In 1972 Robert Mapplethorpe received an intriguing phone call. “Is this the shy pornographer?” the voice on the other end asked. Speaking was Sam Wagstaff, the influential art curator and collector, fifty years old to Mapplethorpe’s twenty-five. Wagstaff had seen a photograph of Mapplethorpe at a friend’s house and asked for his phone number. The two men met that same day and became lovers.
Soon thereafter, Mapplethorpe took Wagstaff to a photo exhibit at the Metropolitan Museum of Art, where Wagstaff had a revelation: photography was an art form. Hitherto, photography had been widely regarded as nothing more than a mechanical process—photos were documents, not art. From then on, Wagstaff helped turn that viewpoint around by scouring flea markets and auctions, buying up photographs by such early masters as Julia Margaret Cameron, Gustave Le Gray, and Nadar, and convincing gallery owners and museum curators to exhibit them.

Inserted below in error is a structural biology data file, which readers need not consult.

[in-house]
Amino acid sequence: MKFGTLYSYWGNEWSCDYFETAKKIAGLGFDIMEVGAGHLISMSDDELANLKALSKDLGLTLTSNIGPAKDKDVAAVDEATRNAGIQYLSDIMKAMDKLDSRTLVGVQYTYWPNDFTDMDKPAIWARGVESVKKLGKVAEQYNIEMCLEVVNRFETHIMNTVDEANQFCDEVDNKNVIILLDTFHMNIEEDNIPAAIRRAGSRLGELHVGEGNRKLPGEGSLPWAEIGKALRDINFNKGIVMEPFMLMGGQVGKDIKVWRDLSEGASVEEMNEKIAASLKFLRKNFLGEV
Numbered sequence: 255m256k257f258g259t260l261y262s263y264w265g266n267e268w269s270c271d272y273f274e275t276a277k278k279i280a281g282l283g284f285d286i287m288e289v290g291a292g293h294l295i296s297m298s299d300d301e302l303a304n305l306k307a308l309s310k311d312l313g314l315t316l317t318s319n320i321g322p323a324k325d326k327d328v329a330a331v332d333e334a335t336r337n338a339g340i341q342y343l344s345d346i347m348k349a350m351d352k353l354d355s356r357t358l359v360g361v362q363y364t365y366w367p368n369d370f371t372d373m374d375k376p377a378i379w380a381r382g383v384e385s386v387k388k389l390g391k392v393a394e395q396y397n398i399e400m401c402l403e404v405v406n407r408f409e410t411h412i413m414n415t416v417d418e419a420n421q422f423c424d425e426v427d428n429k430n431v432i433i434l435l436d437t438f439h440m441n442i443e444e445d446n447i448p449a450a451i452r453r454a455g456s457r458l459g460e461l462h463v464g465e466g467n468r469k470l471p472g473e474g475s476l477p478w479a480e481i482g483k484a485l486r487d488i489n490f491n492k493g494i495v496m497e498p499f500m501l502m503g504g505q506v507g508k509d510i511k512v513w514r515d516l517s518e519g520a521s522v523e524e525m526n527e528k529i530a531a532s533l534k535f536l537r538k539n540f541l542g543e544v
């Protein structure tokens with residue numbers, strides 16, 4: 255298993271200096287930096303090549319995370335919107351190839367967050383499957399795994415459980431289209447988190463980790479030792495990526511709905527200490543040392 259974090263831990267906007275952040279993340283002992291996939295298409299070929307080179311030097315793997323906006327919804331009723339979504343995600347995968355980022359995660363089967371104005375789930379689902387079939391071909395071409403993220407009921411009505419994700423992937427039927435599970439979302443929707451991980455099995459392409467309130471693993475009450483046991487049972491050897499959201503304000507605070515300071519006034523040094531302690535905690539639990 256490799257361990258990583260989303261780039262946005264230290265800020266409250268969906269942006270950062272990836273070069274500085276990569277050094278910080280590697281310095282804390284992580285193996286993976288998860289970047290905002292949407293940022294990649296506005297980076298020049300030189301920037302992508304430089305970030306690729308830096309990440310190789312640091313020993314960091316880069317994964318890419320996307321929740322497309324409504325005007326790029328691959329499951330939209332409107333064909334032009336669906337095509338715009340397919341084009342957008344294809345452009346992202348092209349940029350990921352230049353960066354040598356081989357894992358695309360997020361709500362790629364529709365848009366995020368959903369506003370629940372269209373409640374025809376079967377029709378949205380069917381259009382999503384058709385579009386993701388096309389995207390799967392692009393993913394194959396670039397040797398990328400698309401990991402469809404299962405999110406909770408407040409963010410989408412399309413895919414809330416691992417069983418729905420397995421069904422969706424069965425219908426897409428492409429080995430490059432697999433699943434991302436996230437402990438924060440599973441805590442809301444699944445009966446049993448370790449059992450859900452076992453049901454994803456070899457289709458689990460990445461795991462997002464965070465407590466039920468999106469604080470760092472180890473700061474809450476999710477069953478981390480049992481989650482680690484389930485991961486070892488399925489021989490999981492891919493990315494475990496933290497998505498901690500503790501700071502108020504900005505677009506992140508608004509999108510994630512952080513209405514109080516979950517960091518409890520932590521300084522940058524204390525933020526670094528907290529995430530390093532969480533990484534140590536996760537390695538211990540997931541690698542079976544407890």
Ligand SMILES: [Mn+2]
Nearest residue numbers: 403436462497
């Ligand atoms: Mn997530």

Wagstaff and Mapplethorpe ended their physical affair in 1976, but remained close. And when Wagstaff sold his photography collection in 1984, by then one of the largest and most valuable in the world, to the J. Paul Getty Museum in Los Angeles, he bought Mapplethorpe a loft on the block at 35 West Twenty-third Street. Originally home to the D. S. Hess furniture company, the four-story building had been converted into apartments with one unit per each of the upper floors and a commercial space below. Mapplethorpe’s loft was on the top floor and cost a then-startling $500,000 ($1.2 million today). Today, the apartment units in 35 West Twenty-third Street are valued in the neighborhood of $5 million.